For the second year in a row, the Fall for Dance Festival began with a pair of performances at the outdoor Delacorte Theatre in Central Park, one of the most enchanting spots in the city.
Christopher Wheeldon’s Alice’s Adventures in Wonderland is a showy affair…
As he has shown again and again, the choreographer Mark Morris has a way with Baroque music. He clearly adores it…
If there’s one thing you can say for Yuri Grigorovich’s 1968 ballet Spartacus, it’s that it gets its point across loud and clear.
…the real star of Don Quixote is the Bolshoi itself.
It is even more disappointing that the troupe should open its run with a Swan Lake so lackluster… It’s not the dancers’ fault. At every level, the Bolshoi dancers move with thrilling force and fullness.
…I think it’s safe to say that she is an artist who follows her obsessions with a tenacity that is both admirable and frequently defeating.
Watching Rosas danst Rosas this weekend it was easy to understand why it still stands as a prime example of De Keersmaeker’s choreographic approach.
Reich’s score is, of course, a constant pulse. De Keersmaeker provides no rest for the senses. She matches Reich in density and motion. It is mimicry of the highest order.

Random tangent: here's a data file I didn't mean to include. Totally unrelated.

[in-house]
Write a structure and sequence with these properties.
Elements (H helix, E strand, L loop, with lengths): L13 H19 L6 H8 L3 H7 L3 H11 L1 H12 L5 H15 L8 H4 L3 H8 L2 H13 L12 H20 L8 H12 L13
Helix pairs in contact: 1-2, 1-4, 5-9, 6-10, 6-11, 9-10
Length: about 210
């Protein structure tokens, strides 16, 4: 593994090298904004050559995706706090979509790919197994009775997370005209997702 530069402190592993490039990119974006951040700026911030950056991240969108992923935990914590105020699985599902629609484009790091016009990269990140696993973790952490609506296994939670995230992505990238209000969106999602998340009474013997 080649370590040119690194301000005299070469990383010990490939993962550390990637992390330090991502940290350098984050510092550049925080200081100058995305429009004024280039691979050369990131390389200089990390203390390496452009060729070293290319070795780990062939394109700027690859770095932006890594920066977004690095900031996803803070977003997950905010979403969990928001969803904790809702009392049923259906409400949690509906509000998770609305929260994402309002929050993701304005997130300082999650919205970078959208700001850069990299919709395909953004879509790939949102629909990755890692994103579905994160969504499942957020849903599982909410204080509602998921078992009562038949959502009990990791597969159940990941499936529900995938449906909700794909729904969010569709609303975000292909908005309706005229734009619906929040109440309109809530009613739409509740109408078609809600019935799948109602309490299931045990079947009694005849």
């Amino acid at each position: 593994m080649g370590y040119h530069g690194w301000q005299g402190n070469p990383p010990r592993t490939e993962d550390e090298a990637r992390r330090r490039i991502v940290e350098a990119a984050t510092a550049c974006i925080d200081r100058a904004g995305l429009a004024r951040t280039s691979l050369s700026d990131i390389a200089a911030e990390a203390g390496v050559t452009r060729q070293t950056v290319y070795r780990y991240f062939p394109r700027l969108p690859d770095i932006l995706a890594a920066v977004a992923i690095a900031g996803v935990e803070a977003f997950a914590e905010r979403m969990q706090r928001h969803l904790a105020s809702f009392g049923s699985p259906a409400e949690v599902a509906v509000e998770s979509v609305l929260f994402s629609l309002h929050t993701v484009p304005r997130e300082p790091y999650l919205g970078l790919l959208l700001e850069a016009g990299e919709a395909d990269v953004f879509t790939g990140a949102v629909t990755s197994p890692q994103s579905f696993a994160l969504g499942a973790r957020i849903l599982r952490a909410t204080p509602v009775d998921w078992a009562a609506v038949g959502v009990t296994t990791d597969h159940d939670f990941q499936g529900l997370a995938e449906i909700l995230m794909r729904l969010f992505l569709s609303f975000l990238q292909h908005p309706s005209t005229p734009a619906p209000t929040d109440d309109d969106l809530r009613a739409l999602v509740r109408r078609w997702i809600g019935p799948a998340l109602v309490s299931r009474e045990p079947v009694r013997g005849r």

The three dancers who took their leave this week – Sascha Radetsky, Yuriko Kajiya and Jared Matthews – are all soloists. Each led a different cast of the company’s 1997 production of Coppélia.
Who but Frederick Ashton could turn a marital spat into one of the most delightful, touching works in the ballet repertoire? His 1964 The Dream is precisely that…
Boston Ballet – Program B: Symphony in Three Movements, L’Apres-Midi d’un Faune, Plan to B, Bella Figura – New York
…the dancers seem able to handle whatever comes their way. It’s a quality that will serve them well in their travels.
American Ballet Theatre’s Swan Lake is looking tired …bogged down by reams of flavorless dancing.
In the end, the real pleasure of the evening is watching two extraordinary showmen…
Few nineteenth-century story ballets are as satisfying as Giselle, with its simple and poetic plot, compact structure and starkly contrasting moods. This week I watched four Giselles, with four distinctly different casts…
Since becoming artistic director at Alvin Ailey American Dance Theater in 2011, Robert Battle has been steadily mixing up the company’s repertory, adding works by choreographers beyond its usual range: Paul Taylor, Ohad Naharin, and Wayne McGregor, to name just three.
To fully enjoy Ashton, one has to be willing to acquiesce to one’s own softer impulses, a sense of wonder and perhaps a little nostalgia, and to surrender the loveliness of small things.
Justin Peck has gone from unknown corps-member to choreographer-of-the-moment in a blink of an eye. (He created his first piece for the company in 2012; this is his sixth.)